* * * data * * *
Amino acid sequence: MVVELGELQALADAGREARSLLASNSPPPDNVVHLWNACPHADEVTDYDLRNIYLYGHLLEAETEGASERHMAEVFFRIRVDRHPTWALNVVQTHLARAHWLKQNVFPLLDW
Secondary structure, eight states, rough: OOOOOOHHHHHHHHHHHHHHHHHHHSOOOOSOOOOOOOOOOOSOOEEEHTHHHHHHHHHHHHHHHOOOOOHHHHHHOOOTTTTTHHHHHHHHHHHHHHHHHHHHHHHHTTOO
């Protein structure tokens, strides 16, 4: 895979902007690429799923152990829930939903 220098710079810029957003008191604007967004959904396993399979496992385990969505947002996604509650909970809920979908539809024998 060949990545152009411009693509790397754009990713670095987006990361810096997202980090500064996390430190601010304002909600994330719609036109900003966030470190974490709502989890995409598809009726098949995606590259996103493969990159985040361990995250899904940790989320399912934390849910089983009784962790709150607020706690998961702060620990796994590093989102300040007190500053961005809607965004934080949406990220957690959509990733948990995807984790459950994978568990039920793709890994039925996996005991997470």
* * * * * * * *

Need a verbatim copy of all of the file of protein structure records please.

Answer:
Amino acid sequence: MVVELGELQALADAGREARSLLASNSPPPDNVVHLWNACPHADEVTDYDLRNIYLYGHLLEAETEGASERHMAEVFFRIRVDRHPTWALNVVQTHLARAHWLKQNVFPLLDW
Secondary structure, eight states, rough: OOOOOOHHHHHHHHHHHHHHHHHHHSOOOOSOOOOOOOOOOOSOOEEEHTHHHHHHHHHHHHHHHOOOOOHHHHHHOOOTTTTTHHHHHHHHHHHHHHHHHHHHHHHHTTOO
């Protein structure tokens, strides 16, 4: 895979902007690429799923152990829930939903 220098710079810029957003008191604007967004959904396993399979496992385990969505947002996604509650909970809920979908539809024998 060949990545152009411009693509790397754009990713670095987006990361810096997202980090500064996390430190601010304002909600994330719609036109900003966030470190974490709502989890995409598809009726098949995606590259996103493969990159985040361990995250899904940790989320399912934390849910089983009784962790709150607020706690998961702060620990796994590093989102300040007190500053961005809607965004934080949406990220957690959509990733948990995807984790459950994978568990039920793709890994039925996996005991997470």